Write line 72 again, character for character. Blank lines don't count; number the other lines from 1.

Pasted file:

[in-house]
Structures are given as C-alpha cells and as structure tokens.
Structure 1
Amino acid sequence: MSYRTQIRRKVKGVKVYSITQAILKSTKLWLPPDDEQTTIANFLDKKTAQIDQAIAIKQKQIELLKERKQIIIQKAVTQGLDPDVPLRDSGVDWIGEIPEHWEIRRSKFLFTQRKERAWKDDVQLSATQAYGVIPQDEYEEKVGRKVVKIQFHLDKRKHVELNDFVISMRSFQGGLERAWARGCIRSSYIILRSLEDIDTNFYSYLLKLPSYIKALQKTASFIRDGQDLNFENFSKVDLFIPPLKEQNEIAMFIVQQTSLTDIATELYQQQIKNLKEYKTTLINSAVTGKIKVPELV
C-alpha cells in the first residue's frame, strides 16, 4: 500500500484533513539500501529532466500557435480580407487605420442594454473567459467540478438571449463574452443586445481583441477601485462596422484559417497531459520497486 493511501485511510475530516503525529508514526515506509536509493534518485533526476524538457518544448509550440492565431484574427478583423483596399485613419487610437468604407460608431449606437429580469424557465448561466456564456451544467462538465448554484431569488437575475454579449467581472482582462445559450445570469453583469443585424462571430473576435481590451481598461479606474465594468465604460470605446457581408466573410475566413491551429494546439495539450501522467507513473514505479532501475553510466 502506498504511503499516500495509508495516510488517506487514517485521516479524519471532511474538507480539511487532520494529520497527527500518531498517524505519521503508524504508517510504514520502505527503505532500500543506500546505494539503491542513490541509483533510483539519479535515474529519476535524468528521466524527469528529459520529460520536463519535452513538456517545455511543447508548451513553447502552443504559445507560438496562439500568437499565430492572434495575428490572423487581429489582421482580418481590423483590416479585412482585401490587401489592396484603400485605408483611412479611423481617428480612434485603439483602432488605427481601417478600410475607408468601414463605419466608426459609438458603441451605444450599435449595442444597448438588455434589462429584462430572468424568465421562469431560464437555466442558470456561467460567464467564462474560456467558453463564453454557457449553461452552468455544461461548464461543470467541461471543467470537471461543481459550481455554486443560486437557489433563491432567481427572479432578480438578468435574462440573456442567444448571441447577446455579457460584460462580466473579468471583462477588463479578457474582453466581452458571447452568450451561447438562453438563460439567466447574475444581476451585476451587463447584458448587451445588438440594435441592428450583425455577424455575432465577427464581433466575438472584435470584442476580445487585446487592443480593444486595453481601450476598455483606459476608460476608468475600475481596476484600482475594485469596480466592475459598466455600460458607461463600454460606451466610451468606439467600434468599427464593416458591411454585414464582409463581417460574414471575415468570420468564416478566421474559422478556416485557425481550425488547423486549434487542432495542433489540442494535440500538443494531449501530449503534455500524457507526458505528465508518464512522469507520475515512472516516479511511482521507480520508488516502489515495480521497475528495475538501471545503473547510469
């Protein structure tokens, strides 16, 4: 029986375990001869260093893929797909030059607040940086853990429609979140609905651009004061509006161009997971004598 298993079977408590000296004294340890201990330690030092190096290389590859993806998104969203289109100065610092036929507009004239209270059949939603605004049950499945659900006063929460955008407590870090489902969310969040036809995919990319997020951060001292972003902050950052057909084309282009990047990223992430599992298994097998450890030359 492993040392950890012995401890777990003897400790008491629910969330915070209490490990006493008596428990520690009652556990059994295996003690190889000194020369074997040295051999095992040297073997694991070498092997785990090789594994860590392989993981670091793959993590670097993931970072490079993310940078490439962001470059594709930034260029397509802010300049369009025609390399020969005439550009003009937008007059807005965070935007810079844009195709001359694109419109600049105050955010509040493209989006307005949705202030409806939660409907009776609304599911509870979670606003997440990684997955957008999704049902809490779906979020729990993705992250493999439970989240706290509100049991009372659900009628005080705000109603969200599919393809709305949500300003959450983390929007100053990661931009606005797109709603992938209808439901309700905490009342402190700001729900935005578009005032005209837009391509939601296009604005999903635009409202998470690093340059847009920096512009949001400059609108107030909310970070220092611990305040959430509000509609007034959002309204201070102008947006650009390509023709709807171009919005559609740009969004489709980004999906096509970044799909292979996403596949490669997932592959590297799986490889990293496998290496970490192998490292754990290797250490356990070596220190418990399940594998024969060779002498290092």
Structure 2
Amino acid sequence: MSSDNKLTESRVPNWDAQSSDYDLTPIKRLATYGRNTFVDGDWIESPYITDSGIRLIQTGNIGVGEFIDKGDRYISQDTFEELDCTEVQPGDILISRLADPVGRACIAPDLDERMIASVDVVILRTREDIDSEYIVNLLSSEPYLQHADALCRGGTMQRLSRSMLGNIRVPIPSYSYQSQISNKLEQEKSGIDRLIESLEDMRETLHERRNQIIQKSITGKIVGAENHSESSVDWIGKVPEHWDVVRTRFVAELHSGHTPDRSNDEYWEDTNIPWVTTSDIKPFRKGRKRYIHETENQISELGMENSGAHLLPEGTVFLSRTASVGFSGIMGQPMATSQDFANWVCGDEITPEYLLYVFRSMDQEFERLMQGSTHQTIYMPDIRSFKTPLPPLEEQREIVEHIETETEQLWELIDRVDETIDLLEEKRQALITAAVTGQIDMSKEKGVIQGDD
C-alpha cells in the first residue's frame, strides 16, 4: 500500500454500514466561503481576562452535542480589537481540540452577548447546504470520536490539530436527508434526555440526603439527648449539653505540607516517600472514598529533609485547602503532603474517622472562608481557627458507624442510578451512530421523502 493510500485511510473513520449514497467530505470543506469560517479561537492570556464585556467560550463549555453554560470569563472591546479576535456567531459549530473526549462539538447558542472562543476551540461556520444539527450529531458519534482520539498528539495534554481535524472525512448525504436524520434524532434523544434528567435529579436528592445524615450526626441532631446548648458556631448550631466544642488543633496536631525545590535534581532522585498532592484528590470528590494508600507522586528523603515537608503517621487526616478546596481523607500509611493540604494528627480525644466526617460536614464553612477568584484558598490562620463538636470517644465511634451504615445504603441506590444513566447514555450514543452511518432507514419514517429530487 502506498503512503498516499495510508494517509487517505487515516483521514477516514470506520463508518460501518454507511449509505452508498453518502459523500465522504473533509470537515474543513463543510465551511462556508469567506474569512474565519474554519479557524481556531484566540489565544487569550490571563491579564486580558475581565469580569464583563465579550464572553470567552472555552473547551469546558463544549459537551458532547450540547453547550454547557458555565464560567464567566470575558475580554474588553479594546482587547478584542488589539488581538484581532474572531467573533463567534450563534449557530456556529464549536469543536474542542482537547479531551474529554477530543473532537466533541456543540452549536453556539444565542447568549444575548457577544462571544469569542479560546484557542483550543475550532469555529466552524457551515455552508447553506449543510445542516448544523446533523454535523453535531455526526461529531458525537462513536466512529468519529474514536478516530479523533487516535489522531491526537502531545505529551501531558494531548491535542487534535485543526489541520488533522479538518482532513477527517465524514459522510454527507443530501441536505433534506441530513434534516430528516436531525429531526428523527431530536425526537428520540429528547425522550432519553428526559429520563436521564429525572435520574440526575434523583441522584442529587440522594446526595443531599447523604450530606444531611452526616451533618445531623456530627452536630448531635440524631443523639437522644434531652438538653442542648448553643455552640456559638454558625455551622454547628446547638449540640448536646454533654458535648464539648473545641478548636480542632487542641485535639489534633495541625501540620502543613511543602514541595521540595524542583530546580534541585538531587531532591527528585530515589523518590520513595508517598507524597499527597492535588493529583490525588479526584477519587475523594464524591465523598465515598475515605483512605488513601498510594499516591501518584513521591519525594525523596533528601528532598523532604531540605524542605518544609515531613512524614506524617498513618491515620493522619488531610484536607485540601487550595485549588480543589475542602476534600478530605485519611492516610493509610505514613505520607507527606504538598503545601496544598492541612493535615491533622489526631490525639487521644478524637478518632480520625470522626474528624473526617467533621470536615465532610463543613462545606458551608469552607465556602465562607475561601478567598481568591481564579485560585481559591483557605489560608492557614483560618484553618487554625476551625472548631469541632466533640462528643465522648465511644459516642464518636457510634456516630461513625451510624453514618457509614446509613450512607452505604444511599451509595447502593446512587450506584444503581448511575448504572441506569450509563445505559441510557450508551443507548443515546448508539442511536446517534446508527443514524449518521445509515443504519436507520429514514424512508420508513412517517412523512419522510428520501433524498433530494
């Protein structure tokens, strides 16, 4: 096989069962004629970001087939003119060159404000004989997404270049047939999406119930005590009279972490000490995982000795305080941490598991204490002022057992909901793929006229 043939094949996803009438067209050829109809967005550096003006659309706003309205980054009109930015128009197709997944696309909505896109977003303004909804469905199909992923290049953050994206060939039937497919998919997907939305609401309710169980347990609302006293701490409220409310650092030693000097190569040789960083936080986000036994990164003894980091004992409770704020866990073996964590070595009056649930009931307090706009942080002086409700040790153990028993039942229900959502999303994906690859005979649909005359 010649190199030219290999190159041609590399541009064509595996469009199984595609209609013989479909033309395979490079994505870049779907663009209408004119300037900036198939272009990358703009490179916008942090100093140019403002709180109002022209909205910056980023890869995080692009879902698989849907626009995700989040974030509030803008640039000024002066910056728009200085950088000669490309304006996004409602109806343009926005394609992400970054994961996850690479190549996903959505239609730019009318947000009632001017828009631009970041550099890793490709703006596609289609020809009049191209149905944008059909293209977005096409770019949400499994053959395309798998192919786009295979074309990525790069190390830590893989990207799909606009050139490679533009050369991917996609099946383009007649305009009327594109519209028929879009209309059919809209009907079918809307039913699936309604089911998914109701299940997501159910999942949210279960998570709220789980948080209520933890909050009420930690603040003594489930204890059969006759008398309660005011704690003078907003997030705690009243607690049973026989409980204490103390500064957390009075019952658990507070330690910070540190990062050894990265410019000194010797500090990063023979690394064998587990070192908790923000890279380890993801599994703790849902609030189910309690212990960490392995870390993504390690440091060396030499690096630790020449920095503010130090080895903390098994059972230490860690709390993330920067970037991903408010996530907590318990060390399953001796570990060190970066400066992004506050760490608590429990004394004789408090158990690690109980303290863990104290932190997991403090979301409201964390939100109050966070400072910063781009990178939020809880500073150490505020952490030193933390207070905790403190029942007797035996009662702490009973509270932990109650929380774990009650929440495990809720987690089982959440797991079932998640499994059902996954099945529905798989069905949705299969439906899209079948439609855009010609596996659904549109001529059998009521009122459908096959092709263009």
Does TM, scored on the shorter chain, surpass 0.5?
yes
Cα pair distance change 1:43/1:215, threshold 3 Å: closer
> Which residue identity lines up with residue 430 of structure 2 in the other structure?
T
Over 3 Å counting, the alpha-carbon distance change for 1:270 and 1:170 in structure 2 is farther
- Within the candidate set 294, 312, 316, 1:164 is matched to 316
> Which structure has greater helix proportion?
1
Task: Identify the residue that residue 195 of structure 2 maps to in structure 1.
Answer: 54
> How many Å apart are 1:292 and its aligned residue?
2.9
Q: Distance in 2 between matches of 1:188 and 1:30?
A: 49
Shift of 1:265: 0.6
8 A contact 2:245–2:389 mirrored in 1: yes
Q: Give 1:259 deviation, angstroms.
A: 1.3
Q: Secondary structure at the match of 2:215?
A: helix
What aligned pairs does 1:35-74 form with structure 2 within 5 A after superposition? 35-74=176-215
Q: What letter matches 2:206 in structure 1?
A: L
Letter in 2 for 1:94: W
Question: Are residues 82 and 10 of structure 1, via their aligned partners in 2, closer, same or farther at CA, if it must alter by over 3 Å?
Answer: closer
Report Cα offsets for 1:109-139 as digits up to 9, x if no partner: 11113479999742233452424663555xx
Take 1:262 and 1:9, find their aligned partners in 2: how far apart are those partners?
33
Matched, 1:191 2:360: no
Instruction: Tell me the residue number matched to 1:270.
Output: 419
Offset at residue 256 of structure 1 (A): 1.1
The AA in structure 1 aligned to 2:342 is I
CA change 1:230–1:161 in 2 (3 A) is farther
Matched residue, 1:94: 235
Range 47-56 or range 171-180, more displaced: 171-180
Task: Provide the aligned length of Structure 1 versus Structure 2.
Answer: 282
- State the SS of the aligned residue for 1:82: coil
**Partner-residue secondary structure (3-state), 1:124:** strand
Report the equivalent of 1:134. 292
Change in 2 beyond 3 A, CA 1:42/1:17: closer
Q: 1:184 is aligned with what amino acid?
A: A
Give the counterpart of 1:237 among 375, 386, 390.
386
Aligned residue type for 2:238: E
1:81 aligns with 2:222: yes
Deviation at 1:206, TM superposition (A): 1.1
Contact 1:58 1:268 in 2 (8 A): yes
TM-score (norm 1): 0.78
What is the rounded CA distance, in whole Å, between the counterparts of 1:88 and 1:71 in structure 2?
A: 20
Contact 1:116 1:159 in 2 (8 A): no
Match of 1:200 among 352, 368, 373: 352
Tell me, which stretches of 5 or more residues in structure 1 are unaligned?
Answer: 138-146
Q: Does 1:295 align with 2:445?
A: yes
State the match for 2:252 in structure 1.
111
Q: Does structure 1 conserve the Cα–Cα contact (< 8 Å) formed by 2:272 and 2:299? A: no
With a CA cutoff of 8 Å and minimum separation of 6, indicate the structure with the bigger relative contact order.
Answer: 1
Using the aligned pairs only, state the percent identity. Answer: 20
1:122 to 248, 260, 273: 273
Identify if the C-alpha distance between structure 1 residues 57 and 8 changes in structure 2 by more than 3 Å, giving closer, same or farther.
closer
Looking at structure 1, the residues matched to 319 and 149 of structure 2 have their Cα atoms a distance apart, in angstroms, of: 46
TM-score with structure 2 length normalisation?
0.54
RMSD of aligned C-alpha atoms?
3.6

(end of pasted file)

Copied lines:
State the match for 2:252 in structure 1.